“It is shocking that important occupations such as teaching assistants or nurses, psychiatric and home health aides — stressful and responsible jobs that are critical to the well-being of our society — are likely to leave a woman unable to support her family even when she works full time and year round,” said Dr. Heidi Hartmann, President of IWPR.

Brad Preber - Managing Partner - Grant Thornton

First Job: Brad Preber, Managing Partner Grant Thornton

Brad Preber, Managing Partner of Grant Thornton, discusses his first job selling seeds door-to-door, his mentors and what he learned along the way.


Brad Preber

Title: Managing Partner
Company: Grant Thornton

Describe your very first job.
When I was a teenager, I found an ad in the back of a magazine promoting the door-to-door sale of seeds. You earned points that you could convert into prizes or
cash. I used the money I earned selling seeds to my neighbors to buy a lawn mower that I then used to start lawn care business.

What did you learn from that first job?
I learned what it takes to sell and promote yourself. I experienced the courage it took to knock on someone’s door and the feeling of optimism that came when they actually did what I wanted them to do.

Describe your first job in your industry.
It was a summer job I took doing some bookkeeping for construction companies. I collected the transaction records, recorded them into the accounting books, and prepared financial statements.

What were your salaries in your first job and first industry job?
Selling the seeds was a point system and the points were converted into prizes or cash. I was paid $300 a month for doing bookkeeping for the construction company. I also had an opportunity to apply for scholarship money from the company. I was a broke college student so any extra money helped.

Who is your biggest mentor?
I don’t really have a single individual that I see as a mentor. Instead, I looked to teachers, coaches, and friends’ parents for guidance. I took small pieces of each of them into consideration for what I wanted to be when I grew up. They combined to become big portion of what I am today.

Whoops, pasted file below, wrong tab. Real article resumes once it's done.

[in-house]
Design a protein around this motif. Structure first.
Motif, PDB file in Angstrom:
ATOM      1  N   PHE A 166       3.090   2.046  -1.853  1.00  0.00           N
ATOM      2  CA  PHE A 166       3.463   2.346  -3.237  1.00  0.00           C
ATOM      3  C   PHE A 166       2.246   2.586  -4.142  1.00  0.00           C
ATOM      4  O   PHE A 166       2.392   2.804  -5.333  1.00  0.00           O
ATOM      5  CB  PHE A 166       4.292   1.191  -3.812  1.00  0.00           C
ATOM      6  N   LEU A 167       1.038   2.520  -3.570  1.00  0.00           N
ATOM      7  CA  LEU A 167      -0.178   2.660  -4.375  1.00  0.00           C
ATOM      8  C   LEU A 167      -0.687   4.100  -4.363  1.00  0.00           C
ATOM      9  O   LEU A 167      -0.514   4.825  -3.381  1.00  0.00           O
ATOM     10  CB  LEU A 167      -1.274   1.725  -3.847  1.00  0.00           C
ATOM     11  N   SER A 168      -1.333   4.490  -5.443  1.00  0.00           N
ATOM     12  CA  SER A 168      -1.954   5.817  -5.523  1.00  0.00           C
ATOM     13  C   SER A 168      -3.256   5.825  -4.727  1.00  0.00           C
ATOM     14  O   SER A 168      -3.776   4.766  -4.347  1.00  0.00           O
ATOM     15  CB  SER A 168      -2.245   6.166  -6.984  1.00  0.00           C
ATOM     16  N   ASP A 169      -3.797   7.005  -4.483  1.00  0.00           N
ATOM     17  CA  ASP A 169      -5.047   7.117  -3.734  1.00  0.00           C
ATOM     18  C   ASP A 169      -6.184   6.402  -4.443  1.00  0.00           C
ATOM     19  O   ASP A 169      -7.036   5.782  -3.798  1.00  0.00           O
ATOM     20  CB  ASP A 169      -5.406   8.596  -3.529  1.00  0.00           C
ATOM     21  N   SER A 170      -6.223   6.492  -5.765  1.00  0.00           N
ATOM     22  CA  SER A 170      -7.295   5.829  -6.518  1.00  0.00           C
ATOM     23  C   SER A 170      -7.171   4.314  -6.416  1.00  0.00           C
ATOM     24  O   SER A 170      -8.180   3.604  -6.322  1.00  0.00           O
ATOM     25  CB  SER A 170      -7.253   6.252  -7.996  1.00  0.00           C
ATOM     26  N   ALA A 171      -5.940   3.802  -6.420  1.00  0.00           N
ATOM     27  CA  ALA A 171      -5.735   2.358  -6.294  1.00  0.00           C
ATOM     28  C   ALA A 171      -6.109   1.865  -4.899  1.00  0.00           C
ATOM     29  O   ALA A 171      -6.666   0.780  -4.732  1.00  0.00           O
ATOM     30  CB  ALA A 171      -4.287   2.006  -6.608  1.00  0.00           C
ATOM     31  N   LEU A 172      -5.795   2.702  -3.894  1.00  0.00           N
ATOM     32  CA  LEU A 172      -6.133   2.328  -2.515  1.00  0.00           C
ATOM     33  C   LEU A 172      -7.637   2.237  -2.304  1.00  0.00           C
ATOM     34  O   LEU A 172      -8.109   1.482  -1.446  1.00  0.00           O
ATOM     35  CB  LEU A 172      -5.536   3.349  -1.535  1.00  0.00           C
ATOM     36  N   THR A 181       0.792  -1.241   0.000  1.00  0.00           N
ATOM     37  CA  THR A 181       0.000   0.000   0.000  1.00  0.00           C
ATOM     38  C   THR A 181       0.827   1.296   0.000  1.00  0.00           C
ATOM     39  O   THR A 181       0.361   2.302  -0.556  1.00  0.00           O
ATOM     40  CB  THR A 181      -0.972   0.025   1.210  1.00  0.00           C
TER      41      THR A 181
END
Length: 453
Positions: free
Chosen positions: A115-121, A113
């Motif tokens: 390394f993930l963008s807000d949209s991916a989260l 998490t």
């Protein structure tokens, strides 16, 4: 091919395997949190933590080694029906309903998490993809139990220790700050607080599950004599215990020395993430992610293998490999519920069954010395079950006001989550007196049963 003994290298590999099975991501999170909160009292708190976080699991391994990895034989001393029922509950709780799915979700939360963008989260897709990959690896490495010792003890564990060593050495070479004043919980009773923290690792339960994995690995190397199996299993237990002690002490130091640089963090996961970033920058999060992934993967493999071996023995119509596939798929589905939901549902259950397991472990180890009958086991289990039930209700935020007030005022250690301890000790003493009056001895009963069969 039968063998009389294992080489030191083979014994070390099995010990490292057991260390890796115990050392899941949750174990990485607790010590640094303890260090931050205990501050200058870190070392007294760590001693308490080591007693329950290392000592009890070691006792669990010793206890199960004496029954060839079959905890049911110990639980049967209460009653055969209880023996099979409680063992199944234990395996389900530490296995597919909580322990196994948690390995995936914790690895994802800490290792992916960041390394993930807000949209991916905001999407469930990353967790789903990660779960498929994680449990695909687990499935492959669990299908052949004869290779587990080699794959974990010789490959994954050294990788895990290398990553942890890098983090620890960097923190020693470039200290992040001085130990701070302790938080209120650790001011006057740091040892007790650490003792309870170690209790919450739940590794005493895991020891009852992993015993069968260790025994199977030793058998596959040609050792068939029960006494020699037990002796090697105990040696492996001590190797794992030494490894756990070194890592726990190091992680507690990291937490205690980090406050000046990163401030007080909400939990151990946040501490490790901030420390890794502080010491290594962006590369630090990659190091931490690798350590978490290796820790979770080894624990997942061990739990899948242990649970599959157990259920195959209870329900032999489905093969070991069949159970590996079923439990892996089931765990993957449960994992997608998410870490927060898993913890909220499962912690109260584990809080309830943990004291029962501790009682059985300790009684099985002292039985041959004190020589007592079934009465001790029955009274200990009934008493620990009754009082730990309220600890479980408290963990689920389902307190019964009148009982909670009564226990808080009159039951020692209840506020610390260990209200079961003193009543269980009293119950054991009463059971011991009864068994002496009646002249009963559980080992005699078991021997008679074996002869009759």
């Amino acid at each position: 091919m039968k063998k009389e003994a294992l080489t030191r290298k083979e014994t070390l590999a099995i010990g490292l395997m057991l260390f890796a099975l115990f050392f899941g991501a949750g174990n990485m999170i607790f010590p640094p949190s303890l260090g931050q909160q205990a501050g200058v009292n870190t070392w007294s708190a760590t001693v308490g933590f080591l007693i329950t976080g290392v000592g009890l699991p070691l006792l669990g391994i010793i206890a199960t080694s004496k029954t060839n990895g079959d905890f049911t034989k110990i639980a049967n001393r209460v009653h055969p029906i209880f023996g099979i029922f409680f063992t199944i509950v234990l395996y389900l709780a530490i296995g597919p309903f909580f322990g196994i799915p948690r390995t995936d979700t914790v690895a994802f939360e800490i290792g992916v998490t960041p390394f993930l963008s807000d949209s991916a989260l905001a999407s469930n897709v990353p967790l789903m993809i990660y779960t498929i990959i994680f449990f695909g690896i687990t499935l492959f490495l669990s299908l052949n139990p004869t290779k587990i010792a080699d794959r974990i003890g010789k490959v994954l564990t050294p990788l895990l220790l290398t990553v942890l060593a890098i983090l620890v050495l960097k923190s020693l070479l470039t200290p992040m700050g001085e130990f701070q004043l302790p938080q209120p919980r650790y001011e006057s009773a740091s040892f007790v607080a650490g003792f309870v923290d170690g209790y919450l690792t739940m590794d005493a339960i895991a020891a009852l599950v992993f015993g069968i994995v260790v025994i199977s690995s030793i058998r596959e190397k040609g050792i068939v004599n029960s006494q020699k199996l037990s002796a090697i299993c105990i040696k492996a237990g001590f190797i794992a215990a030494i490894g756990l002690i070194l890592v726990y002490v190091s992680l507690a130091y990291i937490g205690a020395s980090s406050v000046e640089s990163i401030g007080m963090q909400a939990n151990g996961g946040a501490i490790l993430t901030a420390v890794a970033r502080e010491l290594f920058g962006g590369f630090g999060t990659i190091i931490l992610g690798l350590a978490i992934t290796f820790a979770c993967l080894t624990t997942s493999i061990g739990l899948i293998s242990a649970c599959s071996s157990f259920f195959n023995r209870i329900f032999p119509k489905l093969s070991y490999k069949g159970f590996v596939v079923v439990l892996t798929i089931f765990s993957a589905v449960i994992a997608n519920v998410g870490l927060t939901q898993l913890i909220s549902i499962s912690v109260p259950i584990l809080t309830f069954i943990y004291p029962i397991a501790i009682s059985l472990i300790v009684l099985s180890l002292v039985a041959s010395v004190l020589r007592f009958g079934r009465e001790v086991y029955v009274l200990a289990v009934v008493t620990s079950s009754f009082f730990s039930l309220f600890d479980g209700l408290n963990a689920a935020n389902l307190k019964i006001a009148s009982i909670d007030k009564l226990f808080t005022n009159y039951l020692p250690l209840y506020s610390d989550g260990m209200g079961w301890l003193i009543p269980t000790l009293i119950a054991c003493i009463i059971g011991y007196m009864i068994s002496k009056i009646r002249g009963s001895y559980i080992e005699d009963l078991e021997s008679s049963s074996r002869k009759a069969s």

What lessons did you take from your high school coaches?
It’s very clear that the principle of the seven Ps — Proper Planning and Preparation Prevents Pretty Poor Performance — is as applicable to life as it is to football. Like football, it takes a team to be successful in business. You have to know your role, set goals for the team, and execute strategies to achieve them.

What advice would you give someone entering your industry today?
The good news is that there are still plenty of jobs to be had in accounting and finance. One thing most people don’t recognize is that there are rarely any home runs in this business. It’s a series of small steps and steady improvement over a long career that allows you to advance and move into ownership.

If you weren’t doing this, what would you be doing instead?
If I had the time and the capital to pull it off, I would have become an artist. If I didn’t have the capital to pull it off, I would have become a fly-fishing guide.

Arizona Business Magazine March/April 2012